In space applications, the pursuit of deployable structures with high packaging efficiency and low mass is essential. Tensegrity structures, prestressed networks of struts and cables, offer a promising approach. In this work, a Class-2 cylindrical triplex tensegrity bay is explored for use in booms, where select cables are allowed to change length in order to modify the overall shape of the structure. A novel approach to characterize the range of equilibrated shapes a triplex can achieve is first presented. The results are then used in combination with consideration of bending stiffness, packaging efficiency, and mass to explore the effects of different configuration parameters, namely the ratio of bay height to circumscribing radius (h/r), the member cross-sectional radii, and the number of bays. This design analysis offers new insight into how triplex tensegrity structures can be modified to achieve specific design objectives. Increasing h/r for a single bay increases the range of achievable active tip motion as well as packaging efficiency. Increasing member radii decreases the range of achievable shapes and packaging efficiency while increasing stiffness and mass. When increasing the number of bays for a fixed overall height, a larger number of bays generally increases the range of achievable shapes and mass while reducing stiffness. Packaging efficiency was found to be discontinuous dependent upon the exact number of bays, but generally decreases with increasing number of bays. An example design study is conducted using the Canadarm2 for comparison and illustrates the potential utility of tensegrities for boom structures.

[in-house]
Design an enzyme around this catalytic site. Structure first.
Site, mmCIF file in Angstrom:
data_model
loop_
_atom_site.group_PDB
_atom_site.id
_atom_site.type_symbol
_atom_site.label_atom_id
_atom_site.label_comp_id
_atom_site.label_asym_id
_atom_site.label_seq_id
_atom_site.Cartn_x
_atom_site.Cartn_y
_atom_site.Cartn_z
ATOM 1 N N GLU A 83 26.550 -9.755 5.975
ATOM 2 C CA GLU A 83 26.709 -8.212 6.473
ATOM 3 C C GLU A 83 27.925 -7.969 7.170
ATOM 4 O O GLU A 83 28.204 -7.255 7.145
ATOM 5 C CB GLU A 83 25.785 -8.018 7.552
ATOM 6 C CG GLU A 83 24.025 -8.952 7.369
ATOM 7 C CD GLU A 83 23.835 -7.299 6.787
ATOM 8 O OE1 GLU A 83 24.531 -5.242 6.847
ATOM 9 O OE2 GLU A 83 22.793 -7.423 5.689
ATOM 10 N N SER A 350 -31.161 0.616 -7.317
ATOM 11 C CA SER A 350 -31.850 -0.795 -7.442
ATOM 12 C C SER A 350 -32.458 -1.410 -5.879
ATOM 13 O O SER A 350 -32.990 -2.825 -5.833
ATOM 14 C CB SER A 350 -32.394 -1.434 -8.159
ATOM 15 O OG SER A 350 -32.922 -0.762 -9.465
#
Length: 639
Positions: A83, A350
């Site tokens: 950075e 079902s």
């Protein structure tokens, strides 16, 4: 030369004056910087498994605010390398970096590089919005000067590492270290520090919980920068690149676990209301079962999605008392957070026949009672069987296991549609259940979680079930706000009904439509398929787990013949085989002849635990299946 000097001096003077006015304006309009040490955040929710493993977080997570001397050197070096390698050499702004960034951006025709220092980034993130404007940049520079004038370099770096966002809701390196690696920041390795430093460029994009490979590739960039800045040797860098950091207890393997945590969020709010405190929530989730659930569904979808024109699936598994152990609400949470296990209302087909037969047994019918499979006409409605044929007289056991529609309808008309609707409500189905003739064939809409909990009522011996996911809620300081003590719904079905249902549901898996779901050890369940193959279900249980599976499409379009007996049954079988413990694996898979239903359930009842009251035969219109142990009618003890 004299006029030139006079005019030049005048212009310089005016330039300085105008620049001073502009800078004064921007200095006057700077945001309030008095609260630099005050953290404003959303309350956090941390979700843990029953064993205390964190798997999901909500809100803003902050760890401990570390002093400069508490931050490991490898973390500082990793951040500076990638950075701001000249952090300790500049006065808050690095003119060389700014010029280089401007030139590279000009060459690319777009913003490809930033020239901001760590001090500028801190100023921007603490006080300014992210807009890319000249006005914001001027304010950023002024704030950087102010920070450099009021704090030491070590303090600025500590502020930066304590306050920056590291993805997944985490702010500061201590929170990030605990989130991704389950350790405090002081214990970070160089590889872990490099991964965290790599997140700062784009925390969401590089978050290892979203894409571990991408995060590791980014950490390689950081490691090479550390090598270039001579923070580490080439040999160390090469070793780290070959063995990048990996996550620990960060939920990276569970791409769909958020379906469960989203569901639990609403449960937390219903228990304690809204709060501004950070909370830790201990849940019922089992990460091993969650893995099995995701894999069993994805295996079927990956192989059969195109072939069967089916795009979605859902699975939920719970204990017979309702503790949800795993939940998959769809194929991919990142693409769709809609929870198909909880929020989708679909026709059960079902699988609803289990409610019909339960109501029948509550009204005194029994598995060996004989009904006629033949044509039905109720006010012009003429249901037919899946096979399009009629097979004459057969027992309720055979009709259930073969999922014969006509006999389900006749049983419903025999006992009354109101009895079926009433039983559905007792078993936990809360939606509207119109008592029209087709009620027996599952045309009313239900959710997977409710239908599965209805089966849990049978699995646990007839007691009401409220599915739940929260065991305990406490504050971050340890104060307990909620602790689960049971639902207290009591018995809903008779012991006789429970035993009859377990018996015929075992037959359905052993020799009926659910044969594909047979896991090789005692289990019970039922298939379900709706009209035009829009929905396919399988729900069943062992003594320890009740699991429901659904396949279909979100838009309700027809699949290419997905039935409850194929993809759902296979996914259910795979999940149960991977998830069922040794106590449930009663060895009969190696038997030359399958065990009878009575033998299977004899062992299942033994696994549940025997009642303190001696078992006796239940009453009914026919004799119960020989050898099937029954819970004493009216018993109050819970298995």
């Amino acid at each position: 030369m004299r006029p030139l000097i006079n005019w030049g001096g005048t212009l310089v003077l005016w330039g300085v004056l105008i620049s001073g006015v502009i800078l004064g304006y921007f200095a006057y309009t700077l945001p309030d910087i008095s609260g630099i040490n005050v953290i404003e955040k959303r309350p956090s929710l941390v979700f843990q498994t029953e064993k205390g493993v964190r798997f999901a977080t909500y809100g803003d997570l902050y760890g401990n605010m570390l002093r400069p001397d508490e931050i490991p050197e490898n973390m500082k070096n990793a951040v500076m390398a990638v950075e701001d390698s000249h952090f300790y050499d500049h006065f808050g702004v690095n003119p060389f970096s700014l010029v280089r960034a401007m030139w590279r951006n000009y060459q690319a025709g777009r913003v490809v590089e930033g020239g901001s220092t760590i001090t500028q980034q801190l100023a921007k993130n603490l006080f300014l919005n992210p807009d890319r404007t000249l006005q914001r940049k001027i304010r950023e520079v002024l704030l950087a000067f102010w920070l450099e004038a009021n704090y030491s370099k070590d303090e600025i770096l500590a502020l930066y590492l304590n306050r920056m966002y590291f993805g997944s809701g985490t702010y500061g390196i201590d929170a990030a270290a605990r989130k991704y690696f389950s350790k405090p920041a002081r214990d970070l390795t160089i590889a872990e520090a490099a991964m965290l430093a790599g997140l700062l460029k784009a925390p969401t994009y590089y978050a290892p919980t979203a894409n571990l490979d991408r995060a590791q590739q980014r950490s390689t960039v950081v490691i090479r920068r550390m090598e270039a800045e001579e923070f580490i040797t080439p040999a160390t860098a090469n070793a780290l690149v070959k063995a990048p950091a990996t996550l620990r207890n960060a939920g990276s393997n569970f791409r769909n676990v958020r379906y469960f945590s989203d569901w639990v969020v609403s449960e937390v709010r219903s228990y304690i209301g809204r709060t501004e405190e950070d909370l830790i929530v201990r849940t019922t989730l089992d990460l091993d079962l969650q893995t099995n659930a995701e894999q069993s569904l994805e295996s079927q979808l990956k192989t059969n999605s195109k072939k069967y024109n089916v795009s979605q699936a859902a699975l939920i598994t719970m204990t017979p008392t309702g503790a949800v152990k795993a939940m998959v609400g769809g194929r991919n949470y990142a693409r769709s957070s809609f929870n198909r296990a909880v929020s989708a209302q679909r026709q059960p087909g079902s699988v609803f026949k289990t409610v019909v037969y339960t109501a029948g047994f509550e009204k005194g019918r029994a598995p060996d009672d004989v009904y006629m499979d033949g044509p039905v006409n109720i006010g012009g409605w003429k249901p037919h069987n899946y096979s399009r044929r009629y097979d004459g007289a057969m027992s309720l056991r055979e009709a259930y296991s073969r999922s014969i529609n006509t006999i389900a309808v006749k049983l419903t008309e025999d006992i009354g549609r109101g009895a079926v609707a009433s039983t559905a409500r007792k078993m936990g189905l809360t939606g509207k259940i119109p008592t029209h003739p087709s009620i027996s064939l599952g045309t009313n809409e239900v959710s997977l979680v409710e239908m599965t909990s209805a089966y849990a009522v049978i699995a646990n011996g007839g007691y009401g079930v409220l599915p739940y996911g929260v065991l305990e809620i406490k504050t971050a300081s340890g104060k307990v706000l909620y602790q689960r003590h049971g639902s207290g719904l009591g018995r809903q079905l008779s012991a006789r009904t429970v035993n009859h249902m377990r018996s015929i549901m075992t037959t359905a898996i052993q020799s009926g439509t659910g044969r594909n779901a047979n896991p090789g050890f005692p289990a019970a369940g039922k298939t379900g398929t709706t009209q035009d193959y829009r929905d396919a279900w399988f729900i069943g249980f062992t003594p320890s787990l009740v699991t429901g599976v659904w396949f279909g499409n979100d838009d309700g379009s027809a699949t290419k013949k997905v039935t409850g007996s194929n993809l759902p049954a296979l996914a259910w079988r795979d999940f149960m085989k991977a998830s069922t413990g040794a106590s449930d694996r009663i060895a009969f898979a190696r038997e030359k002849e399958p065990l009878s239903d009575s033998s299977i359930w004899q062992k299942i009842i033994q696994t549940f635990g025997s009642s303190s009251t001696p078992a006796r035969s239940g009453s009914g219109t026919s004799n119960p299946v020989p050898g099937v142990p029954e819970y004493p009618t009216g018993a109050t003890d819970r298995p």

All Science Journal Classification (ASJC) codes
- Civil and Structural Engineering
- Materials Science(all)
- Aerospace Engineering
- Mechanical Engineering